Movie reviews often laud amazing screenplays, stunning visuals, and top-class acting with praise, as these are key components that establish the heart and soul of a film. However, one element that deserves more attention is the musical score. There are melodies that make our nails dig into armrests in horror flicks, our hearts race in action films, and our eyes overflow with tears in emotional scenes. Musical scores don’t tend to be the focus of the movie viewing experience, but they can make—or break—a viewer’s emotional investment in a film.

Behind every musical score is the composer. For local composers like Carmina Robles-Cuya and Divino Dayacap, the need to perfectly complement a scene and create a musical score that delivers the required emotional impact is no easy feat, and there is much to explore in their role of musical scoring.


A unique sound

Robles-Cuya’s fascination with films and their musical scores is deeply rooted in the media she watched and listened to growing up. She was fascinated with how AM radio dramas “leaves us to our own imagination” with their use of frightful sounds to conjure the plot in her mind’s eye. Since then, Robles-Cuya has leaned toward horror films. “There were so many,” she says when asked about films that inspired her. “To name a few, The Omen, The Exorcist,  Jaws, [and] Superman.”

Years after being introduced to the horror genre, Robles-Cuya chanced upon an advertisement looking for musical scoring trainees as she was walking around the University of the Philippines-Diliman campus. With her love for films and her own background in music, it seemed like fate. She began training and six months later, found herself scoring for a TV show under the late director Wenn V. Deramas, “He liked my work and from there I built relations with the people from the industry.”

Feng Shui came next, helmed by acclaimed director Chito S. Roño. The success of Feng Shui cemented Robles-Cuya as a force to be reckoned with in the industry. She would go on to score several more hits like Ouija, Caregiver, Katorse, and Be Careful with My Heart. Her 18-year career speaks volumes of her dynamic talent and sterling reputation, but Robles-Cuya treats every project like her first, saying, “I always want to start my work on a clean slate.”

Similar to Robles-Cuya, Dayacap also credits the productions he grew up with as the source of his passion for the craft, citing the classic films from his father’s collection for enchanting him with their distinct look and feel.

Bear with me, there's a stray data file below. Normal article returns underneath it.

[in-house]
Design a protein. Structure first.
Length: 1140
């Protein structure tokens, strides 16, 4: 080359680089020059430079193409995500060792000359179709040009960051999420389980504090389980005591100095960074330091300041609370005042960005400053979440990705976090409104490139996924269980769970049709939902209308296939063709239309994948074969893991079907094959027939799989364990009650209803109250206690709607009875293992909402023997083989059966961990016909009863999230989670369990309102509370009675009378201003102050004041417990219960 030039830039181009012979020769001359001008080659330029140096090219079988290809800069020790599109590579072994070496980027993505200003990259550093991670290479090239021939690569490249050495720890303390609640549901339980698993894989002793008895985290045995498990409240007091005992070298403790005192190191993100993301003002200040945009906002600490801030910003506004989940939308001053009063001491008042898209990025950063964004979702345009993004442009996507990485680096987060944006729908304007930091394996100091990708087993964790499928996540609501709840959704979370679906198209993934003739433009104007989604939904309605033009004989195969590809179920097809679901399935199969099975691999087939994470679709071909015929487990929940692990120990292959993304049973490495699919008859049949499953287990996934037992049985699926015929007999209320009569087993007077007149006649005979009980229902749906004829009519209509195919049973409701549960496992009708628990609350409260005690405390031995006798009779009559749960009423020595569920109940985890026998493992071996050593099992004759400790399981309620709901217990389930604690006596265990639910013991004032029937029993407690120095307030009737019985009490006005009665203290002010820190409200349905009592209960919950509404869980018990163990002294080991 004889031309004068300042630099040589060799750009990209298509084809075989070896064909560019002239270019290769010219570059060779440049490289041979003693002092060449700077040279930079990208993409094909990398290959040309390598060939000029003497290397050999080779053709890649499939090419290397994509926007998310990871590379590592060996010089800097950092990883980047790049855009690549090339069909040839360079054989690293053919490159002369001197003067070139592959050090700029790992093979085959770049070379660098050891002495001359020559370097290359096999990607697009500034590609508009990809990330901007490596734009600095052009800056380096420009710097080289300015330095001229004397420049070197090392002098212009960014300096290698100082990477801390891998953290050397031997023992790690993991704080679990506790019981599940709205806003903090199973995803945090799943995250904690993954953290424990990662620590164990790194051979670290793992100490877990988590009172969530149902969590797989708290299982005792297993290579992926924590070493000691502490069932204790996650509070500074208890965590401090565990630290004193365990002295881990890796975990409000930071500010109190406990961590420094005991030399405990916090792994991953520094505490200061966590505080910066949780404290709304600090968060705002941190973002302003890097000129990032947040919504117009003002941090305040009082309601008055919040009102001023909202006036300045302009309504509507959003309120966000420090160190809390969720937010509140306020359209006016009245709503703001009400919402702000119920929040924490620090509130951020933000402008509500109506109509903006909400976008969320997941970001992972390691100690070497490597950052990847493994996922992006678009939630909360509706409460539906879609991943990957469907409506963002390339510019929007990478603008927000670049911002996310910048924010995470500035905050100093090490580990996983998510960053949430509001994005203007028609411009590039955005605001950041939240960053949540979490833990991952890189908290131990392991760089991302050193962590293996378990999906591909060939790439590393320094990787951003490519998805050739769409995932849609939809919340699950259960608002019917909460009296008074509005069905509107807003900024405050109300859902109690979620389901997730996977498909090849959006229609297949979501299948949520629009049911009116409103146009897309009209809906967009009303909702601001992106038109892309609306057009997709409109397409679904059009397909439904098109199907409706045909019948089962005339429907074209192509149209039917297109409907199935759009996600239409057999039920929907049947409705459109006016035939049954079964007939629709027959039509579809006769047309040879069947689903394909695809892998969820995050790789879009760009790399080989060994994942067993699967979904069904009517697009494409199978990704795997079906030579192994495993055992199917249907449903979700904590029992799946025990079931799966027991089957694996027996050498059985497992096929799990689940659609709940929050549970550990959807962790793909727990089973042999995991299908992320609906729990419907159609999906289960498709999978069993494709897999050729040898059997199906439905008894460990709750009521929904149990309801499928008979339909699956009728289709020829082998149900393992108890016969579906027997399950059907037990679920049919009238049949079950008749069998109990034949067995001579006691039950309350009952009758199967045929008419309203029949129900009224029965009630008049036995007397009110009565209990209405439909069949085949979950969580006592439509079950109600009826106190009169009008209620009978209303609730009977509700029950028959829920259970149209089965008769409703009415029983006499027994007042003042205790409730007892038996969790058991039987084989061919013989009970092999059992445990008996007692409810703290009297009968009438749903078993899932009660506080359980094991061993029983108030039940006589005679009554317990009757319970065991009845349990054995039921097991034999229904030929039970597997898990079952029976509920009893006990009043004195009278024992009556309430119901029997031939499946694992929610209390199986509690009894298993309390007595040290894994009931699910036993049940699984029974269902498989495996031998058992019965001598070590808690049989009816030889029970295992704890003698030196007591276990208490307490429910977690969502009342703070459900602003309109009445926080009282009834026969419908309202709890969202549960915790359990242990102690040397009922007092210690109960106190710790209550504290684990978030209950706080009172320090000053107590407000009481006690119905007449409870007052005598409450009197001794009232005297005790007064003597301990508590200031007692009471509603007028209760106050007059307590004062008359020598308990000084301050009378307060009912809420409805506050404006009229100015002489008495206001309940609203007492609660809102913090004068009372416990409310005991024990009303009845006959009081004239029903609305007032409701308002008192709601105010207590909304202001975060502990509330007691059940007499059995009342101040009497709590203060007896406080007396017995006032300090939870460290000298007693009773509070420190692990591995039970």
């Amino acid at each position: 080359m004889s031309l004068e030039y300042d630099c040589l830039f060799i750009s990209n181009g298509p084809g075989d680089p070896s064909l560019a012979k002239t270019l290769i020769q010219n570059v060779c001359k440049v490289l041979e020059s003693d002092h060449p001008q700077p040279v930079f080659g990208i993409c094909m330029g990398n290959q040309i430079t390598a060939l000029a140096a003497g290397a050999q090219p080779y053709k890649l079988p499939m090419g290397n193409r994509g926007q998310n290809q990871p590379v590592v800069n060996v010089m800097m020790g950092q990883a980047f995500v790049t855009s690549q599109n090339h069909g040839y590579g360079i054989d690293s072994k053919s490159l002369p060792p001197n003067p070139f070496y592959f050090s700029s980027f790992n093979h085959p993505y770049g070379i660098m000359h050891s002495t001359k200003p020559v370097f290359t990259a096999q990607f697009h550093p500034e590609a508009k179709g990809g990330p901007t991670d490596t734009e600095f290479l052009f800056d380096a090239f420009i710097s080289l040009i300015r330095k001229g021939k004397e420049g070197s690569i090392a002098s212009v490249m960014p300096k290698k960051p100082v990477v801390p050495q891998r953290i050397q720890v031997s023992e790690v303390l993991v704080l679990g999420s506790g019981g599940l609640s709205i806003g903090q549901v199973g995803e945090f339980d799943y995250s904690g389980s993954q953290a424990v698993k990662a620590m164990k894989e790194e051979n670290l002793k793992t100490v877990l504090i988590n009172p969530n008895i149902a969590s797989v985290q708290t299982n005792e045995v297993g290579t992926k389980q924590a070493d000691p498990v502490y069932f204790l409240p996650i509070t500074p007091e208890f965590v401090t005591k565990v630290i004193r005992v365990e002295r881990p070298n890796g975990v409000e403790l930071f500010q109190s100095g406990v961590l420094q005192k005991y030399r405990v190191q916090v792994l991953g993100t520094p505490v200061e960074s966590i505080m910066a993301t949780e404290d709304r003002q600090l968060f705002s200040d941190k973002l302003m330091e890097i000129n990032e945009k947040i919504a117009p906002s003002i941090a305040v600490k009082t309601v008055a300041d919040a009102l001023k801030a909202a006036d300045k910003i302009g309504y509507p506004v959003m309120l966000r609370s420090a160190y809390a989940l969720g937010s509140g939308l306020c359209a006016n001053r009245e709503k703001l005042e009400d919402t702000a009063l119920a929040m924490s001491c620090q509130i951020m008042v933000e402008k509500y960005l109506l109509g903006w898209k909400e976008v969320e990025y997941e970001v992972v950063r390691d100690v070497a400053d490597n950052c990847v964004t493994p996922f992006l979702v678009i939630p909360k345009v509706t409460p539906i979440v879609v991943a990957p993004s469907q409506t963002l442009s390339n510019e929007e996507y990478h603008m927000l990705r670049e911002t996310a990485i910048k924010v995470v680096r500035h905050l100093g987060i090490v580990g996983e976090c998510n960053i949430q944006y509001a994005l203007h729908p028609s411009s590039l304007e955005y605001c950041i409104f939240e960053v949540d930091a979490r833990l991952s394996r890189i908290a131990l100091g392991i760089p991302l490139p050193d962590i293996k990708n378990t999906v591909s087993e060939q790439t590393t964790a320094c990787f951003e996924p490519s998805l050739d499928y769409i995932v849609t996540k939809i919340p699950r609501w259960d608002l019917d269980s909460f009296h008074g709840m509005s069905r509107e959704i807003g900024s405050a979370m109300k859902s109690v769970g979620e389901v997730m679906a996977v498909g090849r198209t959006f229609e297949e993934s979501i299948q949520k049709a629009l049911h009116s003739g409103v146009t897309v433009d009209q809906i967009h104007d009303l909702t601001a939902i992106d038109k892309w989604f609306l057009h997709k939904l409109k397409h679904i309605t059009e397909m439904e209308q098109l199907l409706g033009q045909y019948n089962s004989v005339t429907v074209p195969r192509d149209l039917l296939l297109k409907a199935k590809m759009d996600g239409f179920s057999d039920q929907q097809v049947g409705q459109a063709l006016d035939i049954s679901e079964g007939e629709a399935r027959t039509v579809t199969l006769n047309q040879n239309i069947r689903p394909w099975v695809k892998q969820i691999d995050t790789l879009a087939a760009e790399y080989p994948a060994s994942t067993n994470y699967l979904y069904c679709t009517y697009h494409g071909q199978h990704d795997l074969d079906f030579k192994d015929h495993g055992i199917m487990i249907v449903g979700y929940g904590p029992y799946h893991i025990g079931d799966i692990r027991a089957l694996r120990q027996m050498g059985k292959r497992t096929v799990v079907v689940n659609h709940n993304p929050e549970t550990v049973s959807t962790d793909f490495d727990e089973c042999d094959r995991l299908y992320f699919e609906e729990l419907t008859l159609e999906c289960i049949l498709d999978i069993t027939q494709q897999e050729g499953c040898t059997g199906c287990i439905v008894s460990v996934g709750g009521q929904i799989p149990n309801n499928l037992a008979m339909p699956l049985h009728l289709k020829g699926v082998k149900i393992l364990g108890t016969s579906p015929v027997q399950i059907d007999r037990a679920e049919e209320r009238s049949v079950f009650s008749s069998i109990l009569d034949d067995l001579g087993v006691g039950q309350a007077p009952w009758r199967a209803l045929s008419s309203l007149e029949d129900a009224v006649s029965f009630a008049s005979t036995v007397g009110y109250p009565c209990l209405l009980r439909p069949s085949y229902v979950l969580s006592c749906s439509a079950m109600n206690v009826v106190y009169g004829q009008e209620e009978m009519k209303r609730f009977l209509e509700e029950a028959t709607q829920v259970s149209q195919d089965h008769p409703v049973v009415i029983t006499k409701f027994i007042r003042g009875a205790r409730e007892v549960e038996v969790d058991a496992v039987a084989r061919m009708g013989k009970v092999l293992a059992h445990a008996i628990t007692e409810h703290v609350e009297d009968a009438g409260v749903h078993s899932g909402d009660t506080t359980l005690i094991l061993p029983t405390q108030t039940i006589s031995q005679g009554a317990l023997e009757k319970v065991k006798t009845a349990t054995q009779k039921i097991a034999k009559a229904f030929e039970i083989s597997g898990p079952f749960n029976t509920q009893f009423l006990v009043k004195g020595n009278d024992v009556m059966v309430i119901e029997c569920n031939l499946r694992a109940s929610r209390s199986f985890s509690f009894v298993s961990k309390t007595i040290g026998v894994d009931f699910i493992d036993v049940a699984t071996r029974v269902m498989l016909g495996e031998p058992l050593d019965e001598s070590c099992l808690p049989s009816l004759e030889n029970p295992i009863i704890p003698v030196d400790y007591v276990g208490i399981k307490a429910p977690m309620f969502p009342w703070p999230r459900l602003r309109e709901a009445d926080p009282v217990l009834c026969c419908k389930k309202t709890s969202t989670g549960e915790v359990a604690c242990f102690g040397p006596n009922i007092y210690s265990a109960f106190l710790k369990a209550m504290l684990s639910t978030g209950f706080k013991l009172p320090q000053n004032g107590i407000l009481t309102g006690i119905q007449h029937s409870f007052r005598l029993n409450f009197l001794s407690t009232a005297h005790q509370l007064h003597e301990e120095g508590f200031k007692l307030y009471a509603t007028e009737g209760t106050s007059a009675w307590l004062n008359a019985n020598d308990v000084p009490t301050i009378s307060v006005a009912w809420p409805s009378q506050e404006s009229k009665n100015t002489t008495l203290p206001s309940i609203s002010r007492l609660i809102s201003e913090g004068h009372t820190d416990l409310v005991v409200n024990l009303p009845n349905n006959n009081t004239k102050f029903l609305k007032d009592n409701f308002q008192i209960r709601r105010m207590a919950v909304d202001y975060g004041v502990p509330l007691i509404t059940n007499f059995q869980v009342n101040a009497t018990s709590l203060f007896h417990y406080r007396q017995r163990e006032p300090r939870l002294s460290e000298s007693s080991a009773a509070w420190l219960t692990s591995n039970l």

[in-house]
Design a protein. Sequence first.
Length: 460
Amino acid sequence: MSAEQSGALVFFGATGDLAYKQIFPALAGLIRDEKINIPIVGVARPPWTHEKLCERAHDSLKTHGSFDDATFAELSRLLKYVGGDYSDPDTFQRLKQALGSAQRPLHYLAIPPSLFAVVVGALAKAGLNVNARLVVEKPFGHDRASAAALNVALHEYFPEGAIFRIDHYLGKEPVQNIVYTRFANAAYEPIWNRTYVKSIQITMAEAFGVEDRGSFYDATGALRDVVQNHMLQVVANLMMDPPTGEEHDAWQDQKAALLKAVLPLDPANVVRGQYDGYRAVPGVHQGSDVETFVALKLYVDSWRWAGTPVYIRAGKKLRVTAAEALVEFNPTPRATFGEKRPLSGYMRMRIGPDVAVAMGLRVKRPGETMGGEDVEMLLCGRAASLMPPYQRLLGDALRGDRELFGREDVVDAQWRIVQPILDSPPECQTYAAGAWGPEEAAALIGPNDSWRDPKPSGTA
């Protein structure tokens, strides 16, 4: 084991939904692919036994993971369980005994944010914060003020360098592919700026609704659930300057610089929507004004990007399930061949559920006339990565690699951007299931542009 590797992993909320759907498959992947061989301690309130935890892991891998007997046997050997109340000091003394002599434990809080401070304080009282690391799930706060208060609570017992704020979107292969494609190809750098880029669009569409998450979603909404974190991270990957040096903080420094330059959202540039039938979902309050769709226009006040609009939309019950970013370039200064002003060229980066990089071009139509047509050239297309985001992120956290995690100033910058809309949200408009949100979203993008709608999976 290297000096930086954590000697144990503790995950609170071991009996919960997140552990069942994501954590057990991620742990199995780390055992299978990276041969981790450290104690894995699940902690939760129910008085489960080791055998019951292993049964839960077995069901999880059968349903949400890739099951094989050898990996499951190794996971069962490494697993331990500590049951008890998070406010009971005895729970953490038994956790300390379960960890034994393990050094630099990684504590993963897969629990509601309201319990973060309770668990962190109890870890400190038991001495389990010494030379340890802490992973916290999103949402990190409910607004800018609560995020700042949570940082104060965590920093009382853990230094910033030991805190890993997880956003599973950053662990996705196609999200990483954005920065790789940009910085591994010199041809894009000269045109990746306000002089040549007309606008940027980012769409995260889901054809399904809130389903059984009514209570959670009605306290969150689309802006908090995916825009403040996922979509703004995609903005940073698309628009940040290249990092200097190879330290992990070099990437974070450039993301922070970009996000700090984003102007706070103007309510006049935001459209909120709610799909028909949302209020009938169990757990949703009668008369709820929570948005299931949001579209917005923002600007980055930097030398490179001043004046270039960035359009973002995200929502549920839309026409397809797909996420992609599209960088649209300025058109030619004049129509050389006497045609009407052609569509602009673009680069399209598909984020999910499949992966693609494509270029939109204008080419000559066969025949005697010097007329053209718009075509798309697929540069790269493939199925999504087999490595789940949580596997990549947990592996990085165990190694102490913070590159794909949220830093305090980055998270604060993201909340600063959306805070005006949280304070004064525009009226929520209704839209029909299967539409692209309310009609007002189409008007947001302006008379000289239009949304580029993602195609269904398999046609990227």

When he started practicing the craft in 2014, he incorporated his love for the vintage in his style. “[I’ve] been a history buff since [I was] a child,” Dayacap says. “So I love [doing research] on historical styles.”

This set him on the path to scoring Pusong Bato, the 2015 Cinemalaya winner for Best Short Film.

His favorite composition was something he made for a short film where he was asked to replicate the cheesy and overly “bakya” sounds—sounds reminiscent of popular culture—from the 70s. “The director asked me to compose written pop songs that define the era,” he says about this project. “So I actually got to incorporate my own lyrical skills and songwriting preferences.”


Composing history

The composition process is one unique to each composer. Robles-Cuya’s process begins by putting herself in the shoes of an ordinary moviegoer when she previews a rough cut of the movie. She needs to “feel the scare” for horror flicks, while looking out for the parts that make her laugh in comedies. “Basically, it’s [about being] empathic about other people’s feelings and how you would translate it into music,” she explains. She then selects the instruments she feels would best fit the project’s overall theme and decides which moments are in need of scoring. Then, she finally composes and makes revisions.

Dayacap starts his score construction by hearing the director’s vision for the project. He then procures the script and the latest cut of the film, before hunkering down in his room. His fingers wave over the ivory keys of his piano, the embers of a melody forming, his score beginning to take shape.

“I’m a lover of melody, so I’d always sneak a melody in there somewhere,” Dayacap says about his process. However, he also recognizes the necessity to compromise with film directors at least on some levels, “The directors here are the masters of the film…we film scorers are simply vehicles to realize the director’s intention.”


Sounding off

Music has a psychological effect on listeners, and it has proven to be an effective medium in influencing people’s emotions. “A score can make or break a film,” shares Dayacap. “A certain score can turn the exact same scene from an emotional scene into a comedic one.” Atmospheres ranging from the eerie to the exciting can be created with the proper score composition. In the hands of a skilled composer, music becomes a medium to express the emotion and nuance shown in a scene, telling an aspect of a story that dialogue alone would not completely convey.

Musical score composers have very important roles in constructing a scene by creating the auditory foundation for visuals to be built on. Directors, actors, producers, and writers all play a part in a film’s success, but the role of a composer is equally crucial. It is thanks to the way their craft complements the work of their fellow filmmakers that audiences everywhere can enjoy such riveting and poignant moments in cinema—many of which speak to their hearts and minds, touching them in ways only the sound of music can.

By Glenielle Geraldo Nanglihan

By William Ong

By Celestine Sevilla

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